As reported in Bloomberg, the Federal Bank of New York has announced that it is involved in “multiple efforts” to exercise its rights with respect to its holdings in faulty mortgages an other assets acquired through the bailouts of Bear Stearns and AIG. The Fed holds nearly $70 billion in assets such as mortgage backed securities and collateralized debt obligations that were placed in holding companies established during the rescue of Bear and AIG in 2008. BlackRock, which has led the charge among investors to force banks to absorb losses, is purportedly advising the Fed on its rights with respect to its holdings. The Fed joins Fannie Mae and Freddie Mac among the federal regulators that have recently turned their attention to putting back defective loans to the banks that originated them, which in the Fed’s case includes Countrywide/BofA, Goldman Sachs, UBS and defunct lender New Century Financial.
Just last month, the Federal Housing Finance Agency, which oversees Freddie and Fannie, issued 64 subpoenas to loan servicers and securitization trustees seeking loan files underlying the securities bought by the GSEs. The GSEs reportedly held nearly $255 billion of mortgage related securities as of the end of May 2010.
As discussed in prior posts, loan originators generally sold loans into securitizations with extensive representations and warranties regarding underwriting methodology and compliance with strict guidelines designed to ensure the loan value and the borrower’s ability to pay were supported. Where loan files underlying the mortgages in securitization reveal that those guidelines or underwriting methodologies were not followed, lenders have contractual obligations to repurchase the loans or substitute the loans with comparable performing mortgages. According to the Bloomberg article, violations of these reps and warranties cost the Big Four U.S. lenders about $5 billion last year, but that number is expected to skyrocket as more regulators and private investors jump on the put-back bandwagon. These prospective losses have attracted the attention of the SEC, which issued a demand to JP Morgan in January for more disclosure on its repurchase liabilities.
Indeed, the holdings of the New York Fed and the GSEs in mortgage related securities constitute only a fraction of the $1.5 trillion private label bond market, and just over half of the pool represented by the Investor Syndicate, first introduced here and here. The Syndicate fired its first warning shot across the bows of securitization trustees and servicers last month, and is expected to begin identifying specific breaches and enforcing its rights to documents and repurchases this month. Various estimates from loan auditors have placed the percentage of deficient loans in 2005 to 2007 vintage private label securitizations anywhere from 40 to 90 percent (MBIA alleges in its complaint against Countrywide and BofA in Los Angeles County Court that it found deficiencies in 91% of the loans it reviewed in a particular sample). If you do the math, that’s a massive amount of potential liability for the surviving subprime-era lenders.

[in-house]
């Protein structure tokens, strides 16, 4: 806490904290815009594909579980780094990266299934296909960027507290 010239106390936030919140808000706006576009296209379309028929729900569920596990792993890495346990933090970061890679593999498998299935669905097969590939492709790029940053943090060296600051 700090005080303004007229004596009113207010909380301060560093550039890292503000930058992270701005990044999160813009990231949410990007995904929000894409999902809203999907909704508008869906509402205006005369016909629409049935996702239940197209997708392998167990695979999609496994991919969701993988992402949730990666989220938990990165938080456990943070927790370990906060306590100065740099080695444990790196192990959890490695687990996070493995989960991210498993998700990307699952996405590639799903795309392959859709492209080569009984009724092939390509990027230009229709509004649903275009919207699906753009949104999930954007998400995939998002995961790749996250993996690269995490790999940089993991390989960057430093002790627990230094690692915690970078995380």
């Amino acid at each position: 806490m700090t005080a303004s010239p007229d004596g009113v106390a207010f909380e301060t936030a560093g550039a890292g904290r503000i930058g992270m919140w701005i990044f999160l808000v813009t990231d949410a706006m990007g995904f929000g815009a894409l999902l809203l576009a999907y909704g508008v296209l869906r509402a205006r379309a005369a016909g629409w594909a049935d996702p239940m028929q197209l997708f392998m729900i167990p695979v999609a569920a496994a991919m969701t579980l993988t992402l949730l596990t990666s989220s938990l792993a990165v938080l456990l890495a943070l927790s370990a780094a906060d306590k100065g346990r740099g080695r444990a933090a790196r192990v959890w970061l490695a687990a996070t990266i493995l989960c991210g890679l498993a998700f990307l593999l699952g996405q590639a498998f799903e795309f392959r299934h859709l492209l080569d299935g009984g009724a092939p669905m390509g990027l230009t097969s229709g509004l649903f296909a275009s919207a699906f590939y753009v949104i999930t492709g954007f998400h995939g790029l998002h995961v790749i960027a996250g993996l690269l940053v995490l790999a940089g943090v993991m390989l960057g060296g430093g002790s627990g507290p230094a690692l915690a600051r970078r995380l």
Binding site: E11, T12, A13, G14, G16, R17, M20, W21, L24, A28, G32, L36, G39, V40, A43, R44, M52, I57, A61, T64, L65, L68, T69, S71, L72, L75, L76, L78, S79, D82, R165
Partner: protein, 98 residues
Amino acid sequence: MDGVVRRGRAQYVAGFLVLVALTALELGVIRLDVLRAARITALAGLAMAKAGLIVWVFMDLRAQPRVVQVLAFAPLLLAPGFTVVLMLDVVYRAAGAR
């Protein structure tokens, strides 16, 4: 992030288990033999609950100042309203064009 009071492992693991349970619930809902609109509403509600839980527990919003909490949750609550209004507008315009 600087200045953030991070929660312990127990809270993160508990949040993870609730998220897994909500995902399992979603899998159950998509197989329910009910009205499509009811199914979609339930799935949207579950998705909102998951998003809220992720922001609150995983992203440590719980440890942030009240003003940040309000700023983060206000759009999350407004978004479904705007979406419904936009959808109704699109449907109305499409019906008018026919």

The recent flurry of activity by federal regulators provides perfect political cover for the Syndicate and should grease the wheels of document production and lender cooperation. It’s one thing to resist the efforts of a private consortium representing over one-third of the private label bond market. It’s another to refuse compliance with the federal government.
In short, the concerted resistance to turning over loan files and servicing loans in accordance with bondholder wishes displayed by banks over the last year should begin to erode as banks realize that they can stall no longer. Investors have clear rights to the documents underlying their investments, and to mortgage buy-backs where those documents reveal loan quality was deficient. The problem up to now has been enforcing those rights.
Because the inherent strategy of a mortgage securitization was to spread out mortgage risk among a large pool of investors, no one private investor had the authority (or the incentive) to take action against the banks and force repurchases. Generally, at least 25% of the asset class is required to petition the Trustee, and 50% is required to have a credible threat of firing the Trustee if it does not respond to entreaties for action. Moreover, any benefit of a mortgage put-back would be dispersed among the entire pool of securities, or even several pools of securities, so the benefit to any one investor would be diffuse and freerider problems would abound.
Now that investors have organized, and have sufficient numbers and the proper incentives to take action, and now that federal regulators have joined the fray, I see the banks changing their strategy from one of postponing and delaying losses, to one of trying to resolve their repurchase liabilities through settlement. Whether that’s a global settlement or a number of individual deals remains to be seen, but what is certain is that the major banks face a slew of lawsuits and a hefty repurchase tab if they don’t acknowledge their repurchase risk and take a seat at the negotiating table.